Monday, June 1, 2009

Couple Threatened with Fines for Holding Bible Study in Home

In San Diego, California, a Pastor and his wife had been holding Bible studies in their home regularly. But on Good Friday an official from their County came to their home and told them they were breaking the law because they were holding a religious assembly. If they wished to continue they would have to pay thousands of dollars to obtain a permit. Later they received a written warning telling them to stop the meetings.

Since, as I have shown many times in this venue, the Founding Fathers who wrote our Constitution were seriously concerned with protecting "freedom of religion," a phrase often used in their discussions.

But the County stated it in such a way as to make it sound like the reason the meetings are illegal is that they are religious in nature. So what about a weekly quilting meeting, or scrapbooking meeting? How about a handful of kids who regularly meet to play video games? We assume those activities would not be cited, and we might also assume that the County is singling out religion.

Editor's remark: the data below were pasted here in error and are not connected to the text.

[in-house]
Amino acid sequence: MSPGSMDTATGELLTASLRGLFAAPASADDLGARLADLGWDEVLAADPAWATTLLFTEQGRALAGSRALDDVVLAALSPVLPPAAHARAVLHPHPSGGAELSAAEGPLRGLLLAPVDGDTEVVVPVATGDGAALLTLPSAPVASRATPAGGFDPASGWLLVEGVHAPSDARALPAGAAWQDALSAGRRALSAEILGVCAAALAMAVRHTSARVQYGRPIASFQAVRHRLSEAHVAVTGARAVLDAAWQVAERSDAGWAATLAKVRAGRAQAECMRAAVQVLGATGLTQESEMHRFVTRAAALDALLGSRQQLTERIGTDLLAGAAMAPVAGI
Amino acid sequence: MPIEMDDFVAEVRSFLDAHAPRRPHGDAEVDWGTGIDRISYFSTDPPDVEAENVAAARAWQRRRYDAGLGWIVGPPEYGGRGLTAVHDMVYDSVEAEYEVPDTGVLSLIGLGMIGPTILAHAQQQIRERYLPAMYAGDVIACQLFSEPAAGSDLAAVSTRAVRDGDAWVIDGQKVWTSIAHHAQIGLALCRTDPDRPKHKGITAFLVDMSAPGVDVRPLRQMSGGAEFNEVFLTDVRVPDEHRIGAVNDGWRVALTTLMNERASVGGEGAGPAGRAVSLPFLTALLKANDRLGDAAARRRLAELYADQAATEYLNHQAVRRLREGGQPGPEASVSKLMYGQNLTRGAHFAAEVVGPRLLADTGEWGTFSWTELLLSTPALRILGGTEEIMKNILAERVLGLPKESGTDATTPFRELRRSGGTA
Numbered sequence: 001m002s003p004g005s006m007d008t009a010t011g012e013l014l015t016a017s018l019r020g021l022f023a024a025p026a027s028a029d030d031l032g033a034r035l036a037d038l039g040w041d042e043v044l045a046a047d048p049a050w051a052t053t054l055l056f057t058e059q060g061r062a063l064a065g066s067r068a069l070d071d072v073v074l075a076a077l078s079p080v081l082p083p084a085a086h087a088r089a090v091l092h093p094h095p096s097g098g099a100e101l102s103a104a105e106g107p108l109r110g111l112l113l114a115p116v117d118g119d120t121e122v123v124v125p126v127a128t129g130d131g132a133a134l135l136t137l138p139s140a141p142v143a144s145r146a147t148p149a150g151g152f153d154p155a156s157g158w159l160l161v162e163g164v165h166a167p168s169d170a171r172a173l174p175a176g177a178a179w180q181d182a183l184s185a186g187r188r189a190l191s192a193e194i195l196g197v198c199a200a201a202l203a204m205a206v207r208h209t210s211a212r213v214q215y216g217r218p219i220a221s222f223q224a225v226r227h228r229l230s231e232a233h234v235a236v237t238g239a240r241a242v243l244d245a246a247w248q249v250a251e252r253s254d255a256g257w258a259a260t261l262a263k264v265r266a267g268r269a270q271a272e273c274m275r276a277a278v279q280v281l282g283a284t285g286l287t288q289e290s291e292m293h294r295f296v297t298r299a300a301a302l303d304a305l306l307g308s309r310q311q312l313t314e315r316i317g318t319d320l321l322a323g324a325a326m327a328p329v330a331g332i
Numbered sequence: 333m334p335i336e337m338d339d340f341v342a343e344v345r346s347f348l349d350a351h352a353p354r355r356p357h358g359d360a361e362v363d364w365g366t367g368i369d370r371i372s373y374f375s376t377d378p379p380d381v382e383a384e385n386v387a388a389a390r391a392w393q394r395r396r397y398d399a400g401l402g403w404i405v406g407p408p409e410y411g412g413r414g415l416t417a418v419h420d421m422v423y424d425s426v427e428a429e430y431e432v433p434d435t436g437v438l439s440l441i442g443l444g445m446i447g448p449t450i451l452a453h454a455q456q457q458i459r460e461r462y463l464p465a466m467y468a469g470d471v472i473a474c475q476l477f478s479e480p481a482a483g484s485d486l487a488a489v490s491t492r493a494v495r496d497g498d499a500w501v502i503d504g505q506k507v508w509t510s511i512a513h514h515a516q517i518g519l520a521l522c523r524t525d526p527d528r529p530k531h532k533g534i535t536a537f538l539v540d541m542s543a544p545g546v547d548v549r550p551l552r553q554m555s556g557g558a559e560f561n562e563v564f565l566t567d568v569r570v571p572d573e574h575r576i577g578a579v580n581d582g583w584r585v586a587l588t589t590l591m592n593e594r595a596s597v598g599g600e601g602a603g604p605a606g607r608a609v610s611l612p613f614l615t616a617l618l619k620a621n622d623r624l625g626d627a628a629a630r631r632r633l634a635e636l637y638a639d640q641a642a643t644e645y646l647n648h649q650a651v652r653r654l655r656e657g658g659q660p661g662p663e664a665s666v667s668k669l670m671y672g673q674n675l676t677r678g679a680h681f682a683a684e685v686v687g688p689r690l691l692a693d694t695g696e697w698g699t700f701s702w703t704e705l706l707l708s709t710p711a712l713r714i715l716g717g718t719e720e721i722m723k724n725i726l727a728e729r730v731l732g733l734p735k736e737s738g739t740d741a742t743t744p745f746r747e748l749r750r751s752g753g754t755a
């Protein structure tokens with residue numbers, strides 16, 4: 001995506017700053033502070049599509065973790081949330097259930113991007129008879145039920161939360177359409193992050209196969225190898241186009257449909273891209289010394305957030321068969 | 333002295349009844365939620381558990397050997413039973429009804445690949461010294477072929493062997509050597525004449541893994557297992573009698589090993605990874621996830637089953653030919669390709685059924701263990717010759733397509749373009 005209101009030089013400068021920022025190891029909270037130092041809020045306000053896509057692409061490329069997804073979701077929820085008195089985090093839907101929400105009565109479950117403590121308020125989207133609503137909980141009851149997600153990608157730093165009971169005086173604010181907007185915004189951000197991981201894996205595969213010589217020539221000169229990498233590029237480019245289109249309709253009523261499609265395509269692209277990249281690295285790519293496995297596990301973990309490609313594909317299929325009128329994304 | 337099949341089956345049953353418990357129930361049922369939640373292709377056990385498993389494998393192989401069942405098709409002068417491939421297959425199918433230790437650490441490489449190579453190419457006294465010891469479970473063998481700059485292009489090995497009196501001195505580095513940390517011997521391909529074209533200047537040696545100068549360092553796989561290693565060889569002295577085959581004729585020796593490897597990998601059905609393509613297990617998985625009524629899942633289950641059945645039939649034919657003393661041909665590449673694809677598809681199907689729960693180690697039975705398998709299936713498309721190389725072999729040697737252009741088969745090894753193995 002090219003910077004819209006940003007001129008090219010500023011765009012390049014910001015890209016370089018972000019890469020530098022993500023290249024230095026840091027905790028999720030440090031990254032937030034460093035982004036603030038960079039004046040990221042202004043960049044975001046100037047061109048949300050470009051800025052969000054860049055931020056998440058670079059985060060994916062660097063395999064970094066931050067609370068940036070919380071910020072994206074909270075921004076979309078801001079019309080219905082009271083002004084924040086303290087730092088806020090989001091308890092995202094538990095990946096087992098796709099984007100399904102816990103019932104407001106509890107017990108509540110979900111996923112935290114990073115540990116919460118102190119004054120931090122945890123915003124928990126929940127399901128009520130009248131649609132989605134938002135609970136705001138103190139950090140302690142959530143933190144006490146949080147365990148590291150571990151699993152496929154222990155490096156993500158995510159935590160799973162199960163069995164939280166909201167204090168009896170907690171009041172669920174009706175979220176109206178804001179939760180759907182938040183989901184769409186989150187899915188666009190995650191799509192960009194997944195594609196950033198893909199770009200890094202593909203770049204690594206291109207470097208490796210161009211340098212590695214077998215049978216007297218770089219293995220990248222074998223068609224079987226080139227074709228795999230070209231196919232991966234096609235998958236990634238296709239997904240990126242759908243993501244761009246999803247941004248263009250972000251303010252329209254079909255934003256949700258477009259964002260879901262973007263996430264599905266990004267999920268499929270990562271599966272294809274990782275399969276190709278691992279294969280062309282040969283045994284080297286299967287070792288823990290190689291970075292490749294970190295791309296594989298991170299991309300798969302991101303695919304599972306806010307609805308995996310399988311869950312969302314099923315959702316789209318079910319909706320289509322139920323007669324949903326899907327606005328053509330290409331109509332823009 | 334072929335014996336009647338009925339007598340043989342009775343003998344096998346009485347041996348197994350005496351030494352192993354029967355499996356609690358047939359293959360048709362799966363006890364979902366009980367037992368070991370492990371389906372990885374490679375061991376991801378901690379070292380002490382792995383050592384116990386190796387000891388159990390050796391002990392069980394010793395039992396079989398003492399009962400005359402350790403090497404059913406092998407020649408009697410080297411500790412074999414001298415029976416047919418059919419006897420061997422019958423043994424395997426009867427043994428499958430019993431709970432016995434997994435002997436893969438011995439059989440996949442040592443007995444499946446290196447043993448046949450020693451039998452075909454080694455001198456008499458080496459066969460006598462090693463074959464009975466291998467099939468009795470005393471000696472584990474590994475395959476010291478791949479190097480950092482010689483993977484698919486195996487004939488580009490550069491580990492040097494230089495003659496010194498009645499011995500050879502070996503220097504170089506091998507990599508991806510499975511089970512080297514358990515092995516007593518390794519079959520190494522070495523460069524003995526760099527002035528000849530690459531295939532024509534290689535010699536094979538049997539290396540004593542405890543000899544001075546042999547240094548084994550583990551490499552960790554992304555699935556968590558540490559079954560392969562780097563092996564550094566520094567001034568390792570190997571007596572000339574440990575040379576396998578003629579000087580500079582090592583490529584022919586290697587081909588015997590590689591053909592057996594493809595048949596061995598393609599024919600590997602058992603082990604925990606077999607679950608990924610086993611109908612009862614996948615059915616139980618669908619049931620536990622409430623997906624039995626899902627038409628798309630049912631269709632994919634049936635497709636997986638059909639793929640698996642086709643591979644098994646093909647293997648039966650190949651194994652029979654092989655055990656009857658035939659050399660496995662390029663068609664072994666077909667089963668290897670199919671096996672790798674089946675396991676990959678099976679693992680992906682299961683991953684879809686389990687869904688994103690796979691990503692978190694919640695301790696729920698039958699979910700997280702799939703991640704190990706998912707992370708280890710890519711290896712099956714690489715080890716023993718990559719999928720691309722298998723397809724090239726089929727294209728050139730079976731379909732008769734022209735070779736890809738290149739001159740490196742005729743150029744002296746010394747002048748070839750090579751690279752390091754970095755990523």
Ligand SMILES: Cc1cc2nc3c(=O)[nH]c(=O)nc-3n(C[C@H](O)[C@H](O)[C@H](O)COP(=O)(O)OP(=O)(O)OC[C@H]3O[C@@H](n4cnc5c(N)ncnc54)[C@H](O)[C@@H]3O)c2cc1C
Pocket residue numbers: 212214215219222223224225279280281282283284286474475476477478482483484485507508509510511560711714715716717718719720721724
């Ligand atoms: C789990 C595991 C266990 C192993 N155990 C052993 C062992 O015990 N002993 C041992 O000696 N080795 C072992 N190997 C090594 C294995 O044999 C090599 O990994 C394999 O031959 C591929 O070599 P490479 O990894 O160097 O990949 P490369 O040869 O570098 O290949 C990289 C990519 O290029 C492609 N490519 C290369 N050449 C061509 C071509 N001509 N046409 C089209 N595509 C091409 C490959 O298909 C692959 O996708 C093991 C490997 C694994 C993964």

Read more on the story from Foxnews

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LexAequitas said...

I'd like to see the county's response, but on the face of it this looks like a baldly unconstitutional move on the county's part.

The only thing I might imagine is an argument over the numbers of people involved. While there is a right of assembly, the state can regulate large groups -- though not for content. If their Bible study is a hundred people, I could see an argument.

edit: Looking at the News10 report, it seems the groups average 15 people. While this is slightly larger than a group of gamers or quilters, it still doesn't seem like it should trip any large-gathering laws in a private home. People hold parties bigger than that all the time in relatively small venues.

History Matters said...


Thanks for the comments. I agree that 15 people is starting to get noticeable, but it seems clear that this particular group is deemed a problem because of its religious nature. If this particular government had a statute that prohibited any public gather of that size, then I probably wouldn't have a complaint.